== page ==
Here’s the trailer:
I got to watch this movie over Thanksgiving break as Meg and I took our nieces and nephew to the theater with our oldest 2 to watch it. We were pleasantly surprised with the quality, story and overall positive message this movie propelled. Here are three things:
1) The movie “felt” like other Disney classics. I, for one, grew up singing Lion King, Little Mermaid and Aladdin songs. This movie delivered that classic Disney feel with soaring melodies, fun songs and memorable characters. I even purchased the soundtrack and enjoy remembering the movie’s highlights.
2) The movie helps us get past bitterness. Ok, a little deeper thought, but by and large people can tend to not open up about problems they face. Unfortunately, this can be seen in church culture especially at times. One subtle message brought home powerfully was the danger holding all of this in and how it wrecks you. The Bible speaks of bitterness as a damaging root. The bitter root of the older sister helps drive the plot of this movie and drives the plot of much of what we read on Facebook or other places where we tend to hold our problems in. Don’t be given to such things, but be open and move ahead in progress.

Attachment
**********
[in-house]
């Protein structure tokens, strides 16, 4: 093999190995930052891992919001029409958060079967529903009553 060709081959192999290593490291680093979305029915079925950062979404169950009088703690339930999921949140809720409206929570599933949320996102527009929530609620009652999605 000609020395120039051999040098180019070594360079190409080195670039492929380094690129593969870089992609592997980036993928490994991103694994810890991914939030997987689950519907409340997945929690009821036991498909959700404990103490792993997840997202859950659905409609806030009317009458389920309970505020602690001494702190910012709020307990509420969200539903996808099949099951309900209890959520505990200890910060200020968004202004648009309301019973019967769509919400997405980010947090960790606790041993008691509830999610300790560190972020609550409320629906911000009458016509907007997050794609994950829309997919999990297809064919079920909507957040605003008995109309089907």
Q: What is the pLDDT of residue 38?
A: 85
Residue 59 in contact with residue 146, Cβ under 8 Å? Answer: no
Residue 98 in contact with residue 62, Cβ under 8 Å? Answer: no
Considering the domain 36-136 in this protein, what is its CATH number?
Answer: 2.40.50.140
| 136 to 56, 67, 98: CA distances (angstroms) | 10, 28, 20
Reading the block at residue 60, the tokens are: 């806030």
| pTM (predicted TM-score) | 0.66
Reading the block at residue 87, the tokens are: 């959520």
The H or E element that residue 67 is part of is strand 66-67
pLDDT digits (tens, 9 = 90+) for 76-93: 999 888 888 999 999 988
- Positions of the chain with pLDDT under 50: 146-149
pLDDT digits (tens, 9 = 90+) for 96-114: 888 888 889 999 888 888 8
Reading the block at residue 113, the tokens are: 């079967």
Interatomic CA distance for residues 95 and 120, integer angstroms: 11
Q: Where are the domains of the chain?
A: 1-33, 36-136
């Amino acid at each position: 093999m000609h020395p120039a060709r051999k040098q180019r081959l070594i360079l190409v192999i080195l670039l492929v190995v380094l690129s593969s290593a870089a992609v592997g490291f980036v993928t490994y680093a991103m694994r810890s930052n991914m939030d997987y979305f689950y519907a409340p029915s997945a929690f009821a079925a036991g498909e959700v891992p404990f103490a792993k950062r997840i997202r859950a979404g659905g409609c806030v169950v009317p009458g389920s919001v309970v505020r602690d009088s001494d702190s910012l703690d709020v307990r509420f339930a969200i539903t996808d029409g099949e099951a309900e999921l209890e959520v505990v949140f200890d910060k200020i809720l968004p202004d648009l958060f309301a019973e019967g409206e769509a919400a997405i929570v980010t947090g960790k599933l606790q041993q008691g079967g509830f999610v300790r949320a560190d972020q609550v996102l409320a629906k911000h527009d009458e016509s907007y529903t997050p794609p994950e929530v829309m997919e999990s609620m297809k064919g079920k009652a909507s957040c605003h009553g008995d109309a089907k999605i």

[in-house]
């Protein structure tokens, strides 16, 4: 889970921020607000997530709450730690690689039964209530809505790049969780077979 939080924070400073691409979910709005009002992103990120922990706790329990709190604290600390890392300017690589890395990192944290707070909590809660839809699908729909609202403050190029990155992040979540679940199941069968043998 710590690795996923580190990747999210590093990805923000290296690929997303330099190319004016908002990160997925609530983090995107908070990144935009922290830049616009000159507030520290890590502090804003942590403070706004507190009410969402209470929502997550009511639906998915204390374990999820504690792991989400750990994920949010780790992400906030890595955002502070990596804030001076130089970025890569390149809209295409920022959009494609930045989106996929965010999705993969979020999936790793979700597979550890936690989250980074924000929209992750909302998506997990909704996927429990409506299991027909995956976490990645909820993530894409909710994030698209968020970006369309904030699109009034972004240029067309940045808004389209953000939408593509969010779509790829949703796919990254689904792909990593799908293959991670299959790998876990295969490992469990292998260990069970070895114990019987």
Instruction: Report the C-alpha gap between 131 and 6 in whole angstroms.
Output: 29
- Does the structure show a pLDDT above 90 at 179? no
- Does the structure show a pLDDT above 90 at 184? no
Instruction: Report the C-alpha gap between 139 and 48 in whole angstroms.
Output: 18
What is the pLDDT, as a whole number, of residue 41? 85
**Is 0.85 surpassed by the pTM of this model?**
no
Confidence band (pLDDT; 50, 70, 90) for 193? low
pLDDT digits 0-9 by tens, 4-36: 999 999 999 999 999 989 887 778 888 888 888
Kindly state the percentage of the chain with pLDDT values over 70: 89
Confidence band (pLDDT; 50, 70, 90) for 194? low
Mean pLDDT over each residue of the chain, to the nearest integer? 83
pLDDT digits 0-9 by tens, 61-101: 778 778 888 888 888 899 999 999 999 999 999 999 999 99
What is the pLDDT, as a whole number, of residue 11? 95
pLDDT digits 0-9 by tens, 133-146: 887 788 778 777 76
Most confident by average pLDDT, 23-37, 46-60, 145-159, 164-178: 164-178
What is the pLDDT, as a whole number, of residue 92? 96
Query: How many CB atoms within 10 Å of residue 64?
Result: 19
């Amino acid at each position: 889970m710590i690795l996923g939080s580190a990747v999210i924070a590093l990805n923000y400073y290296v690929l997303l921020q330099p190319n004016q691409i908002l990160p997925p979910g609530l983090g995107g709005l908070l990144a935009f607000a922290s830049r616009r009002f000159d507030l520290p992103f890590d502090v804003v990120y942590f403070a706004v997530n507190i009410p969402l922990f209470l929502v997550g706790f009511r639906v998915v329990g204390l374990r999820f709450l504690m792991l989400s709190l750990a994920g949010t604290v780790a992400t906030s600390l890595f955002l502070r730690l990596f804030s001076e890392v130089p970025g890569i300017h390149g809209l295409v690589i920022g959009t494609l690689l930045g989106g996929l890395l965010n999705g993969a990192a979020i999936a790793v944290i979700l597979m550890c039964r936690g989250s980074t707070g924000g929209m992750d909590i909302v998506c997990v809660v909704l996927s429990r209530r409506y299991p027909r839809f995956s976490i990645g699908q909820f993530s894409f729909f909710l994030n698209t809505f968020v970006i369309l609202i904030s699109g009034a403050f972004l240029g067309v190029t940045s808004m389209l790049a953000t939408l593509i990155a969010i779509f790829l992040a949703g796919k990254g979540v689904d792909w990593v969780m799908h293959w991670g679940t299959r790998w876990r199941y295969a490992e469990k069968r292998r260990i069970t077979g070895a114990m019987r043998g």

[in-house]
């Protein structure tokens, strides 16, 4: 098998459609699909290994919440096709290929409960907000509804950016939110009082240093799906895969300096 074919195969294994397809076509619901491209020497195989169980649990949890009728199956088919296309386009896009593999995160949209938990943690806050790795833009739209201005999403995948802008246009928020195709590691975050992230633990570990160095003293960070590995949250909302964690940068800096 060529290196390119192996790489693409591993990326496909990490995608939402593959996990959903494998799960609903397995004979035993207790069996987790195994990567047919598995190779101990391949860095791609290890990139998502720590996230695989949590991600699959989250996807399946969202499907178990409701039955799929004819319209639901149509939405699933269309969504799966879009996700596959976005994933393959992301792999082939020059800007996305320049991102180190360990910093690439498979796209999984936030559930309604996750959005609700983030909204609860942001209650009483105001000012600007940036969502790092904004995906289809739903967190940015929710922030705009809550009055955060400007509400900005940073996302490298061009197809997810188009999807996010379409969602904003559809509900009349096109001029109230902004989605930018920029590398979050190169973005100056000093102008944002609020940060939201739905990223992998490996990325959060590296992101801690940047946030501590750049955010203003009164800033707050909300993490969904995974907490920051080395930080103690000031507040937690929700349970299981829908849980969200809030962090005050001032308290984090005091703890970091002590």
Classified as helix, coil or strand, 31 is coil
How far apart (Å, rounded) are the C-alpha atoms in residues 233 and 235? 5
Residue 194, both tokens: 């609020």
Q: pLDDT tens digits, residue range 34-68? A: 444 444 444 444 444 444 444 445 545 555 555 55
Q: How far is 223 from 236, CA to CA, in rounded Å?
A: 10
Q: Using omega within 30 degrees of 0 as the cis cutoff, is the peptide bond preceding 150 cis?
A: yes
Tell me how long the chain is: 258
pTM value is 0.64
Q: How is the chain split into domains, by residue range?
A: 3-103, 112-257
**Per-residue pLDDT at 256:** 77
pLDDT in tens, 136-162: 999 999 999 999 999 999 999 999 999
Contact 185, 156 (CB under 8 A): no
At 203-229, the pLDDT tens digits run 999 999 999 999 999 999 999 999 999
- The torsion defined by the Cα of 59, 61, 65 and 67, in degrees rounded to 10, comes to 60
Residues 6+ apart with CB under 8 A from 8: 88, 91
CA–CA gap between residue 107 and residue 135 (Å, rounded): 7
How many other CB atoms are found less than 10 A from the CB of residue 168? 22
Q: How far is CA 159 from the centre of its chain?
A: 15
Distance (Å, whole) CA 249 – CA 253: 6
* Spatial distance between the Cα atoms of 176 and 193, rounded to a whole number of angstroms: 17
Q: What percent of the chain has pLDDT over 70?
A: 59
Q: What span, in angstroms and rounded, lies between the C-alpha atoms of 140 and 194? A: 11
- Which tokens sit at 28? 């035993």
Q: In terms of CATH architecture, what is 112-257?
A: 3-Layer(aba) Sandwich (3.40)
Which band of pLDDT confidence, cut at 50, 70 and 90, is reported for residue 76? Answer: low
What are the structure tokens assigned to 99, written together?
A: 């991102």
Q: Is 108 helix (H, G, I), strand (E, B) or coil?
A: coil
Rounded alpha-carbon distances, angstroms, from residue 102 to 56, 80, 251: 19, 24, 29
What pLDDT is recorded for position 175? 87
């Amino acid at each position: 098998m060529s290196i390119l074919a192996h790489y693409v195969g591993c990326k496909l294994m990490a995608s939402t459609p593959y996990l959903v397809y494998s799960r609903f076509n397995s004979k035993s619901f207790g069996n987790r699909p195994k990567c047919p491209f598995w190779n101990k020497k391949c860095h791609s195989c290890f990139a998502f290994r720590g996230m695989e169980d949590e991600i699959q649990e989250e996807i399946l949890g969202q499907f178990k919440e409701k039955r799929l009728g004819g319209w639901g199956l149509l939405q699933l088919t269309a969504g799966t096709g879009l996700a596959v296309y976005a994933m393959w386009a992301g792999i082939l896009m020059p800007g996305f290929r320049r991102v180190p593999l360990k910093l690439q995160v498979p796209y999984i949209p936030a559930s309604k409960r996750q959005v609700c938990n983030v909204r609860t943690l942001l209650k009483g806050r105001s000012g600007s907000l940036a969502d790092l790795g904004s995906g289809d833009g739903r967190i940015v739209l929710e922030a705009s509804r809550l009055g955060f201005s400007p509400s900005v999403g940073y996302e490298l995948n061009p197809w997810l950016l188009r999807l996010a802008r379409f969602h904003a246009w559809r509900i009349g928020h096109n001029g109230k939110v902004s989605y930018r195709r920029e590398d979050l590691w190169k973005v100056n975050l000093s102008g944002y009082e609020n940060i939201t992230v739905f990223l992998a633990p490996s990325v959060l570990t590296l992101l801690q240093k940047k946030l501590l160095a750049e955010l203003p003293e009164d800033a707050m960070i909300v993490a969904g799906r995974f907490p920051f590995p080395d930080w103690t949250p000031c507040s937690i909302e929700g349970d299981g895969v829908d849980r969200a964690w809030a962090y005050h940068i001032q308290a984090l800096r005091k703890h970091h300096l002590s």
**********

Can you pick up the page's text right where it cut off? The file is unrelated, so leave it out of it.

3) Finally, and most encouraging is the clear Gospel message. Trevin Wax quoted Gene Fant’s piece and I could agree more. He writes: “The film’s world had been plunged into the deepest darkness of winter, families were torn apart, evil was sneering and shameless, everything was falling apart and when the young woman dies, it looks like all is lost. Then something amazing happens: We realize that her death was the antidote for all that was wrong. She returns to life. And spring returns. And relationships are healed. And evil is exposed and brought to justice. And joy returns. In our theater, the audience erupted into cheers. I was dumbfounded by the movie’s final twenty or so minutes. It was an astoundingly clear parable of the Christian Gospel…”
So, take in this tremendous film. Enjoy it. But be mindful of how it points to something greater: the true and better sacrifice of God’s Son so that people can relate rightly to God the Father.